Westfalia Restoration – reassembly begins


The paper has all been peeled back and she’s now ready to be put back together again. There’s a lot to reassemble in a Westy that’s been stripped down to the extend Babe has been. First a look at her new paint in the light of day rather than the paint shop bay and then on to reassembly.

This is probably the best indication of her new colour. Yes, she is bright. Her body is nice and solid now though and next up is putting all the parts back in. Starting with some key electrical parts and then leading to the dashboard. First was the setup for new house batteries using the GoWesty kit. Because my camper is a diesel the main battery is in the back which leaves room for 2 batteries behind the seats. These will power everything that’s not related to driving including radio, alarm system, all interior lighting, a set of 12V power ports spread around and other fun stuff.

Starting the Reassembly

Wherever possible new seals were used. A new radio antenna was popped in while the dash was out. Hardware that’s visible got painted either orange or black along the way so even screws and nuts that show are protected from rusting and look like they belong.

Dash Reinstall

Finishing up the dash & cockpit included installing some parts that had to be rebuilt. The heater cover Babe has is very hard to find so I took it to Cam at the Plastic Surgeon. It was a real challenge for him to get it back together as it kept breaking as he worked on it. I’m definitely in the market for a replacement for that part if I can ever find one. The other piece he fixed was the back of the instrument cluster. The back corners from the speedometer were broken off and I’m told this is quite common. It happens from pushing on the trip meter reset button which puts a little strain on the plastic. As it gets old it eventually breaks. Hopefully this fix will hold. An upgrade on the dash is the replacement of the original cigarette lighter and the BMW style power outlet beside the steering wheel. They are now both proper 12V sockets with one powered from the house battery and the other off the vehicle battery.

Installing the Top

Early in the process all of the parts that had been removed got restored and then painted before being put away. That included the fiberglass top sections too. For the front cargo box this included seal, screens on all of the drain holes to keep out the compost, new footman’s loops and decals.The back got new seals, new decal, a good cleaning for mold and lift supports. I’m including the two parts being installed as one entry even though they were done days apart. The pop-top is heavy and awkward and requires extra hands to put back on. I was fortunate to get John’s help for a second time! He was there to help take it off too. So he got the see the restoration very early and now very near the end. I’m very grateful for his help, Friday wouldn’t have been as productive a day without him.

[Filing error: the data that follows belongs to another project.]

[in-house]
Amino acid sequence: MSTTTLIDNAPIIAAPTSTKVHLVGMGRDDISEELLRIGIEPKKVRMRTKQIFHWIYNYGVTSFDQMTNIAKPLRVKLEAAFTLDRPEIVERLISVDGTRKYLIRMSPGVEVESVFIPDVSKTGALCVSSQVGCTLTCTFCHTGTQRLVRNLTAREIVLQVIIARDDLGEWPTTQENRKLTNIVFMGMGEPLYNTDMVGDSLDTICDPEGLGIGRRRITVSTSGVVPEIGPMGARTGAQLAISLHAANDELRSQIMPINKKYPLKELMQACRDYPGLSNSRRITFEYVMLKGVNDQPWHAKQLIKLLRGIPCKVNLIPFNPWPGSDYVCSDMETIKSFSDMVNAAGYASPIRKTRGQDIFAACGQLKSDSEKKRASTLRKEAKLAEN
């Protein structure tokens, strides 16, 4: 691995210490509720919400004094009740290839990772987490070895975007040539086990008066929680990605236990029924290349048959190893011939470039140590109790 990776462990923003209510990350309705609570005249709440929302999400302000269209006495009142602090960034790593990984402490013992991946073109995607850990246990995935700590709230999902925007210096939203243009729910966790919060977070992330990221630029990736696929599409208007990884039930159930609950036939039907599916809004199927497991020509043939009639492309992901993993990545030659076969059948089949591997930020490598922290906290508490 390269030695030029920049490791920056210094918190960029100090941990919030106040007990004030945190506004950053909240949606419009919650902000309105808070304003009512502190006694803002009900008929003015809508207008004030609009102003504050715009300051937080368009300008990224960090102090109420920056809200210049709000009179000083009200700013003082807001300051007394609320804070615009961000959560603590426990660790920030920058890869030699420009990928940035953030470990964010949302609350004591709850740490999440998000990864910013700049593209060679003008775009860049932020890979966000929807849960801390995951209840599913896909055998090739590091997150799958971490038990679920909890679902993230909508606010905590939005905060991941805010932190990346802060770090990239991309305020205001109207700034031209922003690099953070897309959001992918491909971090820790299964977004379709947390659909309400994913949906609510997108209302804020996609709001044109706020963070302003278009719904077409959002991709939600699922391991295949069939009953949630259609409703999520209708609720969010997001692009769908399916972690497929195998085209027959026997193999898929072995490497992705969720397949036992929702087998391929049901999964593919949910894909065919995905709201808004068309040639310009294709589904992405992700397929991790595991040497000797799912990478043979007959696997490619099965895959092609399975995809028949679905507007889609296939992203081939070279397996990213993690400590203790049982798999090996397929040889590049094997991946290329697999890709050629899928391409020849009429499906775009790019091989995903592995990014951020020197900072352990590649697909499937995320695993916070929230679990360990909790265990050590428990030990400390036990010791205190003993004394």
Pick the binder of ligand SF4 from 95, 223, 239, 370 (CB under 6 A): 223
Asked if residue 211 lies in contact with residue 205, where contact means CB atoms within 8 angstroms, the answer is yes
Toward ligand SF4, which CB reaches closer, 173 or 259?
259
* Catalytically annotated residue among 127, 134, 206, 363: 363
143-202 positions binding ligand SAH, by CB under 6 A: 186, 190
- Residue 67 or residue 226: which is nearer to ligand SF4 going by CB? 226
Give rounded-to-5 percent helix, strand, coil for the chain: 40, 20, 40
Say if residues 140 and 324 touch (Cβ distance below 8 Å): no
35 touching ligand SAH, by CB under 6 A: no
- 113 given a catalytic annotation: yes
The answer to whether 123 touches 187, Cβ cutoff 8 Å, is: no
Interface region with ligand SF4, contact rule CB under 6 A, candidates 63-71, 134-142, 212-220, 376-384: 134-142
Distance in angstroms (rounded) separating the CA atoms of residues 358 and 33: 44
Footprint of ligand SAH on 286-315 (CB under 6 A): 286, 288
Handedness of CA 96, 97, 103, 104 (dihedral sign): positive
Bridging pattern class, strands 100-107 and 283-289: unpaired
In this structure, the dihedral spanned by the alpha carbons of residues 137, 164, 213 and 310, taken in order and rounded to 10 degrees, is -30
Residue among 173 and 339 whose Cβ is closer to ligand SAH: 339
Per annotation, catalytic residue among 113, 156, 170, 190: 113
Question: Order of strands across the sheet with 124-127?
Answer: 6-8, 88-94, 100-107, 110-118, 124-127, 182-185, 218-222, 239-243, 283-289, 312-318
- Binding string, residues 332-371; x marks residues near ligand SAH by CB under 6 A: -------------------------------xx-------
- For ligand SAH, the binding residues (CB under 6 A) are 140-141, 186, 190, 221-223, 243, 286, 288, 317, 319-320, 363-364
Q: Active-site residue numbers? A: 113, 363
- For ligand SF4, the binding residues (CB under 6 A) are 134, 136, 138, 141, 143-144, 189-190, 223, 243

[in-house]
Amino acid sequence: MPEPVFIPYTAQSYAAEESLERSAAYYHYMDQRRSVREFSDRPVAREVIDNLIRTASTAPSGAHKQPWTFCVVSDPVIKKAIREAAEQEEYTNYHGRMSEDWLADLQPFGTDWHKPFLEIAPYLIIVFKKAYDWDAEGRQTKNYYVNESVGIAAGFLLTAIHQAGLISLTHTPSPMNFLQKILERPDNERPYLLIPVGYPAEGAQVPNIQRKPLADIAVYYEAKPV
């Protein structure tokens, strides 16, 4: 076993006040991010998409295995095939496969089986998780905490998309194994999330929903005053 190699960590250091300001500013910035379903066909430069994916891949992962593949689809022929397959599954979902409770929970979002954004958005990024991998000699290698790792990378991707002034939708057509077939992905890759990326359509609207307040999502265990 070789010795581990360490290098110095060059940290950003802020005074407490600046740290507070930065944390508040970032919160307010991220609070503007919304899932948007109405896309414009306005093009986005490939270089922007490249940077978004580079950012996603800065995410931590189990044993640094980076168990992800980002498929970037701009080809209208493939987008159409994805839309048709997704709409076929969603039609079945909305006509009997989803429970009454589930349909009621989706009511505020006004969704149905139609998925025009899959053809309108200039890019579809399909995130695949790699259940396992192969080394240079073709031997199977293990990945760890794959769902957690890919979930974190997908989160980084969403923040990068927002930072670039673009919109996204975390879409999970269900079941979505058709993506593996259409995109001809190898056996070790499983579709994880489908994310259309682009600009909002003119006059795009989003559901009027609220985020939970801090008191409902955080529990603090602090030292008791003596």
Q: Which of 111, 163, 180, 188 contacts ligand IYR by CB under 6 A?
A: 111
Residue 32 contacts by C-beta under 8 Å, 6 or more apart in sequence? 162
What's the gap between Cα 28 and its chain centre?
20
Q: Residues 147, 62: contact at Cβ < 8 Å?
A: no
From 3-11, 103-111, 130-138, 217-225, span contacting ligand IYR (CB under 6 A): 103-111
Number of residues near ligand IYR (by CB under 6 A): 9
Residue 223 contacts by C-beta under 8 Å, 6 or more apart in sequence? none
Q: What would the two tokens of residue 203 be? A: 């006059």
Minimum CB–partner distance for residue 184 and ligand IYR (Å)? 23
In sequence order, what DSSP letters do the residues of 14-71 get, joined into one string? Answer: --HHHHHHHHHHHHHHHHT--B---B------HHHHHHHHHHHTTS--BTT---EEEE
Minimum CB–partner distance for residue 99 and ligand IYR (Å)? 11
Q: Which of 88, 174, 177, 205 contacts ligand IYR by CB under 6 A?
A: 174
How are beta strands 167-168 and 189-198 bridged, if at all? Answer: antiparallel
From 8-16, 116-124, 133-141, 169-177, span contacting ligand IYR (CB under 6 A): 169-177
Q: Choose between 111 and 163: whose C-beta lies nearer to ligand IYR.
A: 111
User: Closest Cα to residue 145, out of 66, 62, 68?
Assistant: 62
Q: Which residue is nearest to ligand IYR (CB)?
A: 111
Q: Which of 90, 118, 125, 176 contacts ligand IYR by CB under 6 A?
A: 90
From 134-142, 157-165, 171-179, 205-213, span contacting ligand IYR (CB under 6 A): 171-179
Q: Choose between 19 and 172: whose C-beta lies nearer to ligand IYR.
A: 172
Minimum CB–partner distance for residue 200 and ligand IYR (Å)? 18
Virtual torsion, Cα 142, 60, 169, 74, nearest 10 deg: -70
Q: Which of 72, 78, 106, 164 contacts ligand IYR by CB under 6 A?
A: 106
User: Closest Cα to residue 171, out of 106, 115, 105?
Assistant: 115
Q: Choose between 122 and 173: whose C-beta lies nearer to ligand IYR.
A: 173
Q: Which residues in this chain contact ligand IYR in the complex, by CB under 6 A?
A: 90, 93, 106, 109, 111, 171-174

More progress has been made. Lots more. As Volker put it when he sent me photos from yesterday, “a good day’s work”. I’ll leave it with one last photo to give a better sense and will write another blog entry tomorrow to cover the gap between getting the top on an where she is now.

Slider, hatch and windows installed

5 Replies to “Westfalia Restoration – reassembly begins”

  1. How many “manhours” of work until this stage? Beautiful work. When finished, will you be able to calculate the total costs of this restoration project?

    1. Hi John.
      I will have a record of all the parts and all the time when this is done. Will see how much of that info gets shared… this is not for the feint of heart. As you can see though… a lot of careful time has been spent. A few minor things that had to be done a second time but very few.

      So how do you like it so far?

      1. I really love the quality of your work. I have a 1984 which is in excellent condition with no rust except for the bottom of the windshield which I will have replaced and restored by the end of the year. After 146,000 miles, only issues so far have been related to wear & tear. So keeping fingers crossed and will follow your project.


    2. Thanks John. Really though my work in all of this has been writing about it. Volker at bodybycrome.com is the master craftsman doing all this amazing work.

      Take care of your ’84 and hopefully you can avoid ever needing to see all of this except second hand. And as everyone on the Vanagon mailing list is quick to say… change your fuel lines! 😉

  2. mechelle neunsinger says: Reply

    thanks for this site! appreciate all the time working on your project and writing about it!!!

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